Missouri’s partial ban on texting while driving could reduce auto accident deaths and injuries

cell phone.jpgMissouri recently enacted a law that imposes a partial ban on texting while driving. Section 304.820, RSMo, bans drivers 21 years old and younger from texting while they are operating a motor vehicle. However, after its inception, few tickets have been written enforcing this law. As of January 2010, only 13 tickets statewide had been issued, although the law had been in effect since August 2009. The law is difficult to enforce, because it is hard to tell who is texting, and who is dialing a phone call, a practice that is legal.

There are bills currently being addressed in the Missouri House and Senate that would implement a complete ban on texting while driving, for all ages. The bill seems to have support from both the Missouri Senate and House. Certainly, the current law sends a message that it is somehow safe to text while you drive, so long as you are 22 years old or older. It is difficult to imagine how typing while driving is a safe practice for anyone. The National Safety Council reported in 2009 that at least 200,000 accidents are caused a year by texting while driving in the United States. Distracted drivers, whether it be making a call, texting, or simply reaching for a cell phone, can have disastrous results on Missouri’s roads.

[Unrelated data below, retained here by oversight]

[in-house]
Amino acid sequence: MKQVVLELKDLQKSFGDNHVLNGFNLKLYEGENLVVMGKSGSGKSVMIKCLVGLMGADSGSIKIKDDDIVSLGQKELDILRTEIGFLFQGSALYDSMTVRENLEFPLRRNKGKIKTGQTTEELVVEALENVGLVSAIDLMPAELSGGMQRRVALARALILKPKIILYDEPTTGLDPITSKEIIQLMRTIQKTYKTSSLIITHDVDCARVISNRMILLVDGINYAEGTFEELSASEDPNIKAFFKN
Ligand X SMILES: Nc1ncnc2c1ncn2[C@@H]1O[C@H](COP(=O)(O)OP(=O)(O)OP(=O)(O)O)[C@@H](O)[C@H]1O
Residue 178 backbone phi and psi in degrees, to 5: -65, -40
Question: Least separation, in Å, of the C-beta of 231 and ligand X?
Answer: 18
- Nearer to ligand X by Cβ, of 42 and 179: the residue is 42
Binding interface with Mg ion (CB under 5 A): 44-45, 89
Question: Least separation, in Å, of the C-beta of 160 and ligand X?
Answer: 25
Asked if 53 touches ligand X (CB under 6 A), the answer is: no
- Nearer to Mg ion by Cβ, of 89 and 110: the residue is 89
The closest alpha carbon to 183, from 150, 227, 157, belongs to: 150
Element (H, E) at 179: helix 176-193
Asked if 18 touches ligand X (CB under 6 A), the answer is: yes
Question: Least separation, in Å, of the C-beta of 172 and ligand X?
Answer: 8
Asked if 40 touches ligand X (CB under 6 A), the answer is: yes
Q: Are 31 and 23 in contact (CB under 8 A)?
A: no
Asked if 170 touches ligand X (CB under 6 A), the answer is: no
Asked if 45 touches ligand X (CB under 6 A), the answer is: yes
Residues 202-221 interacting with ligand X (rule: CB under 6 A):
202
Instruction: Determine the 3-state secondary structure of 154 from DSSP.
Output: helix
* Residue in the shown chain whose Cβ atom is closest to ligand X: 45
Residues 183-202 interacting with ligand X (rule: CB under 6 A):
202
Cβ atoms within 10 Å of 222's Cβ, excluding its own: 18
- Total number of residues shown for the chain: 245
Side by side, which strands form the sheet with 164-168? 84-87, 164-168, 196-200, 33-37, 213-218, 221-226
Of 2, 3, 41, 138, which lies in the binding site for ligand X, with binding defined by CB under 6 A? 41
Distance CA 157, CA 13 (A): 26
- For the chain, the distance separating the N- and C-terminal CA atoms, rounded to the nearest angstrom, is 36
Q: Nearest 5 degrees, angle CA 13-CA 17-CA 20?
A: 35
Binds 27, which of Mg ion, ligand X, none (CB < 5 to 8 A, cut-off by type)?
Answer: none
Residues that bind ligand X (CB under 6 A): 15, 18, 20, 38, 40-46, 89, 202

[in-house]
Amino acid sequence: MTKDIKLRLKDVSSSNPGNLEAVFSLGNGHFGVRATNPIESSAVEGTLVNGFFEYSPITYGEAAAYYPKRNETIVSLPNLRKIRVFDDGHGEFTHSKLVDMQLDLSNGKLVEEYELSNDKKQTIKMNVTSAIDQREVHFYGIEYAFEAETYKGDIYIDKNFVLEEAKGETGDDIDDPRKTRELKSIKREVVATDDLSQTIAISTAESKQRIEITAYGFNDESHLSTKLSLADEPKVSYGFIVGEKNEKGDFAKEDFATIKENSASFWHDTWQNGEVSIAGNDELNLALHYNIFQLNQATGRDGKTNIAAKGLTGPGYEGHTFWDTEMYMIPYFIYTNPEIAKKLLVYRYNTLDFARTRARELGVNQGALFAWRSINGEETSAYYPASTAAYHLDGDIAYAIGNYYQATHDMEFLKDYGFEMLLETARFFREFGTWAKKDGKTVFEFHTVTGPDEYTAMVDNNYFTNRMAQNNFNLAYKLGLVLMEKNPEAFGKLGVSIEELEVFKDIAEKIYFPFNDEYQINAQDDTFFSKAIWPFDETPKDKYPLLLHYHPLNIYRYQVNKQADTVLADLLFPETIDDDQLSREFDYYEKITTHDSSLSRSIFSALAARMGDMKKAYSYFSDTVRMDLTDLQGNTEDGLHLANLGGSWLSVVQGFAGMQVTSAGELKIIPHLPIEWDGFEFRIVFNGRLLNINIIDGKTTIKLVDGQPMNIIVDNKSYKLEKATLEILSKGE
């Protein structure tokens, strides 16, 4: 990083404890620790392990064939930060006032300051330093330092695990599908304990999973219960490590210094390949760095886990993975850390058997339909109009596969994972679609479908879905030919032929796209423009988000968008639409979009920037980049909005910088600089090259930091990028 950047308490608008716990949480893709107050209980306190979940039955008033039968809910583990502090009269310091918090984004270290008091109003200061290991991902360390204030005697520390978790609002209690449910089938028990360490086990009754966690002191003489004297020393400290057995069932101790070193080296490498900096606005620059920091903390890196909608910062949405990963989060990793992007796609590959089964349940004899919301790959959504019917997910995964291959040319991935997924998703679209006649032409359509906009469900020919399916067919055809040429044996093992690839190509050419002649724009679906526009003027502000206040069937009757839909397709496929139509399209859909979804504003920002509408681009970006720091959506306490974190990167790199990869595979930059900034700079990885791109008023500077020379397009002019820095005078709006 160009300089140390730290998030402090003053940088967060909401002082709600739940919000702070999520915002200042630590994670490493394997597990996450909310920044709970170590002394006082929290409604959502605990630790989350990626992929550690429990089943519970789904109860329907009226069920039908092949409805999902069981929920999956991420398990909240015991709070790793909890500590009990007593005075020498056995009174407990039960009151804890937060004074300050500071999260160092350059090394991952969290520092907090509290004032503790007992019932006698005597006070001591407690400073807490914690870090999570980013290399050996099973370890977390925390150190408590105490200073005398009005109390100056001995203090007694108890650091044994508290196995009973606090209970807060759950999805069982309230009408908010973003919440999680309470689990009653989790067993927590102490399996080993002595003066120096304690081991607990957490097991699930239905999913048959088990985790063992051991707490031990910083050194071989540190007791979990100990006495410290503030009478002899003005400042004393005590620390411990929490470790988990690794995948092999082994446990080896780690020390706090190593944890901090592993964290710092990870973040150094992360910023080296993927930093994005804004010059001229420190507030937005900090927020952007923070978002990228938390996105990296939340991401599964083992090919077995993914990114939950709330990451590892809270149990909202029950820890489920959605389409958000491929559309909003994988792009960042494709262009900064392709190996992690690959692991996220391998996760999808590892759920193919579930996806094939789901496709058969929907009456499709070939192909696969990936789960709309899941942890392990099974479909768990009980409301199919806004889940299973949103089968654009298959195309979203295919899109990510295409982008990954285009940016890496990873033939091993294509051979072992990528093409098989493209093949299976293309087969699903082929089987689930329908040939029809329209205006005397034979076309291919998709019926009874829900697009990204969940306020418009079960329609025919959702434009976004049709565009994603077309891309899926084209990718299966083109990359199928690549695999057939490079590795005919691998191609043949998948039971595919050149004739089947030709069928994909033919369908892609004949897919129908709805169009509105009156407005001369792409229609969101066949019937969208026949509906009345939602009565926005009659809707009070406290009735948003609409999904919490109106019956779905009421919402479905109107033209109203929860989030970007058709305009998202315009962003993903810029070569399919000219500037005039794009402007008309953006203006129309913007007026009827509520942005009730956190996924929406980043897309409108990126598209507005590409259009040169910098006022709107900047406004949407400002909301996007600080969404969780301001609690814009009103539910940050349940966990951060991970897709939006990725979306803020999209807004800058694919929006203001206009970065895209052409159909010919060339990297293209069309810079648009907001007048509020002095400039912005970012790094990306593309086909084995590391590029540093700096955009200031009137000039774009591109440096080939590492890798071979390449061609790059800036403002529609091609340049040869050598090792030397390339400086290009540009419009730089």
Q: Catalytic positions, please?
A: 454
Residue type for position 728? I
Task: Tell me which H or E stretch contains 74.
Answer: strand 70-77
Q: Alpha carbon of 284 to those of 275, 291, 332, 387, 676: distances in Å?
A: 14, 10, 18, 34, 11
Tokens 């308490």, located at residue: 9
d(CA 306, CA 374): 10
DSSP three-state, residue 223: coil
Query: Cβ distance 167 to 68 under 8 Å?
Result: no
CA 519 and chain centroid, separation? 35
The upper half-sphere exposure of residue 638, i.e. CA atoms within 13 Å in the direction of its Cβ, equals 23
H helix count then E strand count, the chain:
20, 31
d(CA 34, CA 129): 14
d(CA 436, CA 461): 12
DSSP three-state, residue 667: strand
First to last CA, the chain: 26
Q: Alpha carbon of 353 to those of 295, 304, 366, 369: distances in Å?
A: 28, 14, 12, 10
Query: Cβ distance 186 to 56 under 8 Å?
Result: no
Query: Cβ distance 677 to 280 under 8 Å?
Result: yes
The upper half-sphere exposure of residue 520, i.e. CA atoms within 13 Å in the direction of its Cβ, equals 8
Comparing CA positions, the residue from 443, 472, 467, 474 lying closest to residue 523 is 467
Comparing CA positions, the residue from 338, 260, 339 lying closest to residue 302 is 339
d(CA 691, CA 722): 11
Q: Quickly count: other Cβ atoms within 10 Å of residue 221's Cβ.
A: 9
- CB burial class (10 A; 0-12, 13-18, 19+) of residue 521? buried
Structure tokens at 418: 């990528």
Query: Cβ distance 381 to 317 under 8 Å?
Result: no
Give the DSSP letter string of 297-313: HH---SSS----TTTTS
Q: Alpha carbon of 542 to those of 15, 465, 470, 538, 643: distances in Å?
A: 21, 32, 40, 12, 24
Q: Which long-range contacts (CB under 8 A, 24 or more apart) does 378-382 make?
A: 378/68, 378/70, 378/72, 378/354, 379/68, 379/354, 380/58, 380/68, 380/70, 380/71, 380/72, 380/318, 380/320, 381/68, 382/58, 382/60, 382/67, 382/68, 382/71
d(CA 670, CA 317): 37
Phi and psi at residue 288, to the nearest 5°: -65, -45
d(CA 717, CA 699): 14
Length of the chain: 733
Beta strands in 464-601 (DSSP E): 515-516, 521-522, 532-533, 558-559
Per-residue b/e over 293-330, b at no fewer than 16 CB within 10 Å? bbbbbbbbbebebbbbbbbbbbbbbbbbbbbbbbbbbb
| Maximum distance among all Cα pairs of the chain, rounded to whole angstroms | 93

For more information on laws around the United States related to cell phone use while driving, click here.